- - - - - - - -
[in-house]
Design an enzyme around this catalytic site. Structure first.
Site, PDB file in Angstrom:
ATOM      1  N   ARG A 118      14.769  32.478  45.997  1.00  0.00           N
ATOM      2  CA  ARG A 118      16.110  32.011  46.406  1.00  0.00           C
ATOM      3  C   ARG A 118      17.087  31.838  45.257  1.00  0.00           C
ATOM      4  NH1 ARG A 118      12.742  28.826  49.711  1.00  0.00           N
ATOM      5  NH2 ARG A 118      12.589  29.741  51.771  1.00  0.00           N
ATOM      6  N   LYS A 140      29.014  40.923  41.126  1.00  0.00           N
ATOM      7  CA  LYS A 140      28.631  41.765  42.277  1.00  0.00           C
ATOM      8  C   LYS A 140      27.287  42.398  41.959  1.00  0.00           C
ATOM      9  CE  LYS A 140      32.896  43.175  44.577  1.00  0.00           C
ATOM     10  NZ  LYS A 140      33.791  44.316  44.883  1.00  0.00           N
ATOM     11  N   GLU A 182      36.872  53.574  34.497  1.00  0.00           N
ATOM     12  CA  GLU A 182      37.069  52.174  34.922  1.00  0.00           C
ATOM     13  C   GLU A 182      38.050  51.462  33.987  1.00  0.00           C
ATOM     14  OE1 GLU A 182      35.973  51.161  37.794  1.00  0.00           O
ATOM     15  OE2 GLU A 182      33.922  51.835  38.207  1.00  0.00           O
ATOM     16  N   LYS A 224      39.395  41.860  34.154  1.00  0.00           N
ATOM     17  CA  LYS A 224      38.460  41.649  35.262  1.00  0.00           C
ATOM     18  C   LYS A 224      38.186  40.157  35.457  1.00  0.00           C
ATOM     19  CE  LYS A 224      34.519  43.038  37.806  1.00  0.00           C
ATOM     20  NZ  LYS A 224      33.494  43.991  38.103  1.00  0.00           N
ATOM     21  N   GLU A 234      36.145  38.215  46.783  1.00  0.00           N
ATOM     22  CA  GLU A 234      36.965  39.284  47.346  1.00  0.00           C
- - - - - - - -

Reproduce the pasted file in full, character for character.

[in-house]
Design an enzyme around this catalytic site. Structure first.
Site, PDB file in Angstrom:
ATOM      1  N   ARG A 118      14.769  32.478  45.997  1.00  0.00           N
ATOM      2  CA  ARG A 118      16.110  32.011  46.406  1.00  0.00           C
ATOM      3  C   ARG A 118      17.087  31.838  45.257  1.00  0.00           C
ATOM      4  NH1 ARG A 118      12.742  28.826  49.711  1.00  0.00           N
ATOM      5  NH2 ARG A 118      12.589  29.741  51.771  1.00  0.00           N
ATOM      6  N   LYS A 140      29.014  40.923  41.126  1.00  0.00           N
ATOM      7  CA  LYS A 140      28.631  41.765  42.277  1.00  0.00           C
ATOM      8  C   LYS A 140      27.287  42.398  41.959  1.00  0.00           C
ATOM      9  CE  LYS A 140      32.896  43.175  44.577  1.00  0.00           C
ATOM     10  NZ  LYS A 140      33.791  44.316  44.883  1.00  0.00           N
ATOM     11  N   GLU A 182      36.872  53.574  34.497  1.00  0.00           N
ATOM     12  CA  GLU A 182      37.069  52.174  34.922  1.00  0.00           C
ATOM     13  C   GLU A 182      38.050  51.462  33.987  1.00  0.00           C
ATOM     14  OE1 GLU A 182      35.973  51.161  37.794  1.00  0.00           O
ATOM     15  OE2 GLU A 182      33.922  51.835  38.207  1.00  0.00           O
ATOM     16  N   LYS A 224      39.395  41.860  34.154  1.00  0.00           N
ATOM     17  CA  LYS A 224      38.460  41.649  35.262  1.00  0.00           C
ATOM     18  C   LYS A 224      38.186  40.157  35.457  1.00  0.00           C
ATOM     19  CE  LYS A 224      34.519  43.038  37.806  1.00  0.00           C
ATOM     20  NZ  LYS A 224      33.494  43.991  38.103  1.00  0.00           N
ATOM     21  N   GLU A 234      36.145  38.215  46.783  1.00  0.00           N
ATOM     22  CA  GLU A 234      36.965  39.284  47.346  1.00  0.00           C